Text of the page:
CROCUS AT RHS CHELSEA FLOWER SHOW

James Basson wins his third gold medal and first Best in Show.

The garden has 172 varieties of plant. Most have never been seen at Chelsea before.


    Read The Telegraph
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    James Basson.
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    Best Constructor Award
    See how we did


The stone we needed filled three articulated lorries.

The Duchess of the Cambridge enjoys the Garden.

Crocus Co-Founder, Mark Fane escorts the Duchess around the Show Ground.

Centranthus ruber coccineus, Tragopogon porrifolius, Papaver dubium ssp. lecoqii var. albiflorum.

Papaver dubium ssp. lecoqii var. albiflorum among the ferny foliage of Ridolfia segetum.

Tetraclinis articulata, the national tree of Malta.

Matthiola incana ssp. melitensis, one of the seven rare endemic species from Malta.

The plunge pool and the dining area. Ferula communis was used throughout the garden.

We were thrilled to work with James Basson on the Best in Show garden this year; this marked the 9th time in 12 years we have won the prize for Best in Show. It was also a real honour to win the award for the best constructor this year - the first time the Best in Show, best constructor and gold medal were awarded to the same garden.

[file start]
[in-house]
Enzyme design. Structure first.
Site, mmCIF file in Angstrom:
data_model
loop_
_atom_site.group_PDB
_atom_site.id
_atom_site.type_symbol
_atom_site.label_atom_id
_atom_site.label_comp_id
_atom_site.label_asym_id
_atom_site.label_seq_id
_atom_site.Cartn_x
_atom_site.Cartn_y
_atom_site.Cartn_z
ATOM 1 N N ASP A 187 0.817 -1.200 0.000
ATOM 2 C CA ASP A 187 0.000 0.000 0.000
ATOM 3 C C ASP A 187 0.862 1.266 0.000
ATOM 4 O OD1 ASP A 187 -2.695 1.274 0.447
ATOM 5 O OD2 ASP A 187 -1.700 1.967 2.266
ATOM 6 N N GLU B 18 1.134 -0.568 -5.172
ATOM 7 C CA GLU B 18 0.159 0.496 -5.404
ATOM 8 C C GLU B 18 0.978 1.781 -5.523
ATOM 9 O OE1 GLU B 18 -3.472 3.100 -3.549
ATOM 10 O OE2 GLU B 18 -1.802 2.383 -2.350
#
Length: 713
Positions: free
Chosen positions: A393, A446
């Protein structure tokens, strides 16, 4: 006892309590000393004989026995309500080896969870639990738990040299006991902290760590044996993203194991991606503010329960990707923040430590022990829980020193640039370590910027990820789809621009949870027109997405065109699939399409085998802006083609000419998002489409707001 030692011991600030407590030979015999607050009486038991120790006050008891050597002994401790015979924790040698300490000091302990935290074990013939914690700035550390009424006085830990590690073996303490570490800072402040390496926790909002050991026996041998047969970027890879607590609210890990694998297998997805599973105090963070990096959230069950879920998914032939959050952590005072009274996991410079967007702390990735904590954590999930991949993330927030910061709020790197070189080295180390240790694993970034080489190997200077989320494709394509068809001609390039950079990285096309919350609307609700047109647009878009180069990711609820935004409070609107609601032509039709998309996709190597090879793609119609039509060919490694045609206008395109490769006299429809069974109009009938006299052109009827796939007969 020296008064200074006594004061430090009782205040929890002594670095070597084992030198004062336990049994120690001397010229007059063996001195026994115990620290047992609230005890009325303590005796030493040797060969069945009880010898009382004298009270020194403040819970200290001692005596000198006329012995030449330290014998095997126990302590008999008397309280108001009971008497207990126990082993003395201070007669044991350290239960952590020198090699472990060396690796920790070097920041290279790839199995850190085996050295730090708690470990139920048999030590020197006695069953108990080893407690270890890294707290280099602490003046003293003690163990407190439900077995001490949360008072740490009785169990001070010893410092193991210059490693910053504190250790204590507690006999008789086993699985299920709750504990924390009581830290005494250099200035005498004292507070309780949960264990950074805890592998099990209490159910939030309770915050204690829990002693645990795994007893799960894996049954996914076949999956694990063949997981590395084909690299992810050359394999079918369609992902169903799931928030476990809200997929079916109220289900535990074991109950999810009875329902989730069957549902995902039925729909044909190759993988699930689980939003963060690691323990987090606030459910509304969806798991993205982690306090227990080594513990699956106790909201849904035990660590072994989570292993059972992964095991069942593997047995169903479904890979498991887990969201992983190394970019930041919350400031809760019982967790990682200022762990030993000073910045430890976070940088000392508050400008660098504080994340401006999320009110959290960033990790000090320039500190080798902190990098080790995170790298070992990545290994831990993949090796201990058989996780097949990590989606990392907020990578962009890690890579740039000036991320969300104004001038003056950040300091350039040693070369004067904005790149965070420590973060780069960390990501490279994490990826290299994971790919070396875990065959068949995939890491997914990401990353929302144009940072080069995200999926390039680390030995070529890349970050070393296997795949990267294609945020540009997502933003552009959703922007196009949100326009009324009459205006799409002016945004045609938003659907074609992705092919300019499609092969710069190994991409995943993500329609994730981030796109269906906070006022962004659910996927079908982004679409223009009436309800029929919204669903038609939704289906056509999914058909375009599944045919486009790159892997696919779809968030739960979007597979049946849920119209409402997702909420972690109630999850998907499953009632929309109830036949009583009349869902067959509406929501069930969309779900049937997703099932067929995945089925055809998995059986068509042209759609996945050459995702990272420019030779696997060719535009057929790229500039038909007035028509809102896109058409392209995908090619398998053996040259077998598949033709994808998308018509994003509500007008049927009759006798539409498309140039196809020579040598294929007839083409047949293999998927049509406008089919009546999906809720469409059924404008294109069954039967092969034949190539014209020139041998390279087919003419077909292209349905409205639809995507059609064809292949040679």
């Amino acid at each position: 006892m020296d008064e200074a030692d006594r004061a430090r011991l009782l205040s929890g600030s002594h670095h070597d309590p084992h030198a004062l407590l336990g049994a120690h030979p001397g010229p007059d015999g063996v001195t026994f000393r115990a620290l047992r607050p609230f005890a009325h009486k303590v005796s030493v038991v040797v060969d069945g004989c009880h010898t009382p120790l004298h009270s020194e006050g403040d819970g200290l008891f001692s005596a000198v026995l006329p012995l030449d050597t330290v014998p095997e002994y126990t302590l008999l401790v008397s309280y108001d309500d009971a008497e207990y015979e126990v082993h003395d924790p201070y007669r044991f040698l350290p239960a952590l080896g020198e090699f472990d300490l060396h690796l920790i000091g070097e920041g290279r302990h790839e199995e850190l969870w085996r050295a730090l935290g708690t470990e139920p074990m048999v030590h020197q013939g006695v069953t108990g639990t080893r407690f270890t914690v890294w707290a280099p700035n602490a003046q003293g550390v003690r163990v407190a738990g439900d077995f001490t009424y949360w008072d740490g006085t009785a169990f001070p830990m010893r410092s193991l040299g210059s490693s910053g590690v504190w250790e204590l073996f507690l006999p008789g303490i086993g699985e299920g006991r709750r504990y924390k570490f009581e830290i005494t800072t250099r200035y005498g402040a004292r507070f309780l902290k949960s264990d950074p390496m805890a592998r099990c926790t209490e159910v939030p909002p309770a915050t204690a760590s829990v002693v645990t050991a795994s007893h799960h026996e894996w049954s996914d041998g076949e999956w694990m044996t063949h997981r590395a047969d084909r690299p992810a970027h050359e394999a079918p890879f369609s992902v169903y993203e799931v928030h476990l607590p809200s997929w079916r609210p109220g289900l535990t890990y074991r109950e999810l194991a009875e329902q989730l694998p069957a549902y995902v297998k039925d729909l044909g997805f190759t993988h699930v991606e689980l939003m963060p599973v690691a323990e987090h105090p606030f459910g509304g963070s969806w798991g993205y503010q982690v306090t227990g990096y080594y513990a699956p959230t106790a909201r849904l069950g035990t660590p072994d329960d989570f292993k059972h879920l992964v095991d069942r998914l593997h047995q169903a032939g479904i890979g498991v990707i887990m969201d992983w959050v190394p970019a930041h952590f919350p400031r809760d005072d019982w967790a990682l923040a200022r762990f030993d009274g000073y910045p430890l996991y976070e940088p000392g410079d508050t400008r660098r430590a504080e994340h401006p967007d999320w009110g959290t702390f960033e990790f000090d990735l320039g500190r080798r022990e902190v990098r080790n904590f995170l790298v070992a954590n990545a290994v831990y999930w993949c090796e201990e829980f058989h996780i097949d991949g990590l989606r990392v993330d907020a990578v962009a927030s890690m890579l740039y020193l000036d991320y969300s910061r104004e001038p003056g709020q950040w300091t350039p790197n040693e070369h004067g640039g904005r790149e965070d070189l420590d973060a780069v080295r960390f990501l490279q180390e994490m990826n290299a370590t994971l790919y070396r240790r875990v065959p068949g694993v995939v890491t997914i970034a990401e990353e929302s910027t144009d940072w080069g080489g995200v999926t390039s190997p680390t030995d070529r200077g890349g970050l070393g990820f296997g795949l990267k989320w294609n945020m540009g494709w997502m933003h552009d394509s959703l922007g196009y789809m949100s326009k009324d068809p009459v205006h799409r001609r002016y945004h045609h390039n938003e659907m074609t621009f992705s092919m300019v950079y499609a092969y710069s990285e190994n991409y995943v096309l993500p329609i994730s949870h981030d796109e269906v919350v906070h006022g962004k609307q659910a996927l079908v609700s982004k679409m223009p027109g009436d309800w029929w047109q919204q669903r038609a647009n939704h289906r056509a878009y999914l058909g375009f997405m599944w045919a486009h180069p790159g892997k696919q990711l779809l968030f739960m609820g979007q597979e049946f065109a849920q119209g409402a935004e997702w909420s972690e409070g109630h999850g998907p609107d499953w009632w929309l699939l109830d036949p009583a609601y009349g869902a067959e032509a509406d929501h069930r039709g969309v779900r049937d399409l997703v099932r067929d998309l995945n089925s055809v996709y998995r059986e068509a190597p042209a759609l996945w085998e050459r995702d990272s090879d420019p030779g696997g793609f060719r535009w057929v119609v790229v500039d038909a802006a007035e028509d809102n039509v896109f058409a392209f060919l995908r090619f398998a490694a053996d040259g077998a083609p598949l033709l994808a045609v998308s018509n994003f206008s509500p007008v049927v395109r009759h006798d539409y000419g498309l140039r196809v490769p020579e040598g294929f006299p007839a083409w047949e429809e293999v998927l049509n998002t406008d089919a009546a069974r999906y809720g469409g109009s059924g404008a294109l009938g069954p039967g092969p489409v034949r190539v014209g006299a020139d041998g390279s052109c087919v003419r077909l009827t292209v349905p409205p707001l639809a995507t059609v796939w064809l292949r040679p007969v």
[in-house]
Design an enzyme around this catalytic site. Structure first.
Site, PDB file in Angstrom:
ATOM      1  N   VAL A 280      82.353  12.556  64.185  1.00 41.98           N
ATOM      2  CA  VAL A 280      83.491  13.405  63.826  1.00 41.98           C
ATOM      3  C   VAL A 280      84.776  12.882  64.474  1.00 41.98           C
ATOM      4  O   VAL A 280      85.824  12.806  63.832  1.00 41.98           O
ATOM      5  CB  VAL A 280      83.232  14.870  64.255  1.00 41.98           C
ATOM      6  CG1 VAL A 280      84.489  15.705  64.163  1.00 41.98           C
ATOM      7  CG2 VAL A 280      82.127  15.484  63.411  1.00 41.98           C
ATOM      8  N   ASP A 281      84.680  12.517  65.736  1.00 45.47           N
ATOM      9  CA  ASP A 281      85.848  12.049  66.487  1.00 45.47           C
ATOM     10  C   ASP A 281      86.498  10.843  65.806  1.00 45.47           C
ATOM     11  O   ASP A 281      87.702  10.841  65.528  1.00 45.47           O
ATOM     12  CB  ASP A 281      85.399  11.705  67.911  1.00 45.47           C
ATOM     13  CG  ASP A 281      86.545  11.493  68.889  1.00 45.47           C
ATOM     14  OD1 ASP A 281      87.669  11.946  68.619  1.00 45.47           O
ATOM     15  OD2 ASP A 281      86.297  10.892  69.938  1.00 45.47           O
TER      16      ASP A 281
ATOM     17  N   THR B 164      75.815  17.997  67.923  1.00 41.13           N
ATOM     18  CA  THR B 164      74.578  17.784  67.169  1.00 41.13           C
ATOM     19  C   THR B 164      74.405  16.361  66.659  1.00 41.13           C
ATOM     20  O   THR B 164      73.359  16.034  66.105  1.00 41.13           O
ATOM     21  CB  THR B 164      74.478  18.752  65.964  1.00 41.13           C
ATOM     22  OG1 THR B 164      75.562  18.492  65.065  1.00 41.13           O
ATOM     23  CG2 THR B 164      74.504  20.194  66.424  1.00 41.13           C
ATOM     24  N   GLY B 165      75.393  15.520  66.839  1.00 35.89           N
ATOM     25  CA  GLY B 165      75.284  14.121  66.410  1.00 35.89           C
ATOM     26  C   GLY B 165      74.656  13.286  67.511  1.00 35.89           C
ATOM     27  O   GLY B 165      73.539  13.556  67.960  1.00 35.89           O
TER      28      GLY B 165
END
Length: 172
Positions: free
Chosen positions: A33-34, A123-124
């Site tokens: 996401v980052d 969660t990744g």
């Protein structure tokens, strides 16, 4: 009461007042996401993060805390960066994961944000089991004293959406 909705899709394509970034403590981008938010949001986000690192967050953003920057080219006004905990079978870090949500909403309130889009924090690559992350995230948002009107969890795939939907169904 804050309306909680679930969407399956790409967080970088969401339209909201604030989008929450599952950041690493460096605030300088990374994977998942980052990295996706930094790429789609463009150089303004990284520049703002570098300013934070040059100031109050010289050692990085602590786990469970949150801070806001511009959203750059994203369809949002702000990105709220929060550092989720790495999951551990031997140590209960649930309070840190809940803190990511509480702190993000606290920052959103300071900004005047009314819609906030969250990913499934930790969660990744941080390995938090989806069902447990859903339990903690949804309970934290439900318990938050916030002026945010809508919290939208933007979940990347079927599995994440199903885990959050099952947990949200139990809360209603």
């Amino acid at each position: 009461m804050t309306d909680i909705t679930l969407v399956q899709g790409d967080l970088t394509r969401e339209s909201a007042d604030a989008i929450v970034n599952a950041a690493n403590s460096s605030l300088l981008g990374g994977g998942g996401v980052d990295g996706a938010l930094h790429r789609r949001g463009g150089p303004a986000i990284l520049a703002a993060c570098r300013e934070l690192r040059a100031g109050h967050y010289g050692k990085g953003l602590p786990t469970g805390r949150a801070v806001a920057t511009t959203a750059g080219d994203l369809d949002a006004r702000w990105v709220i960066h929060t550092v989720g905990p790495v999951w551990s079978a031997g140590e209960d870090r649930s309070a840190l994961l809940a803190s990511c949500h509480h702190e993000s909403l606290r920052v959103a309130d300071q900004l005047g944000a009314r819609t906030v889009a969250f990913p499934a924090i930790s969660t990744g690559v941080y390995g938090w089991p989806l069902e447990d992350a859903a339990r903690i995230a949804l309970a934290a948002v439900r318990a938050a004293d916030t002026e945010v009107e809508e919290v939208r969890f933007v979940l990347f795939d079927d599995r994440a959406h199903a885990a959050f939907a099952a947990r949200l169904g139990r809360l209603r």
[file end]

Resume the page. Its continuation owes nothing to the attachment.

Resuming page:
James Basson has always made gardens which celebrate plants in their wild state and this year his focus fell on Malta.

Malta's geographic position between Southern Europe and Africa has led to unique and fascinating flora. Sadly the natural landscape is under the usual pressure from human intervention and many plants are severely endangered. However, there are areas where man's intervention has lead to interesting natural adaptations - and one of these is the quarries of Malta.

James recreated one of these quarries to showcase not just the remarkable flora of Malta but to demonstrate how, even in the most inhospitable places - nature can prosper. Urban planners, please take note!

Malta is without permanent rivers or lakes so fresh water is scarce. This has inevitably affected the evolution of the region’s flora, resulting in myriad rare species.

We used 172 varieties of plants, most of which had never been seen at Chelsea before. The colours were the predominant shades of Maltese springtime: green, chartreuse and yellow with sparkles of pink and blue.


M & G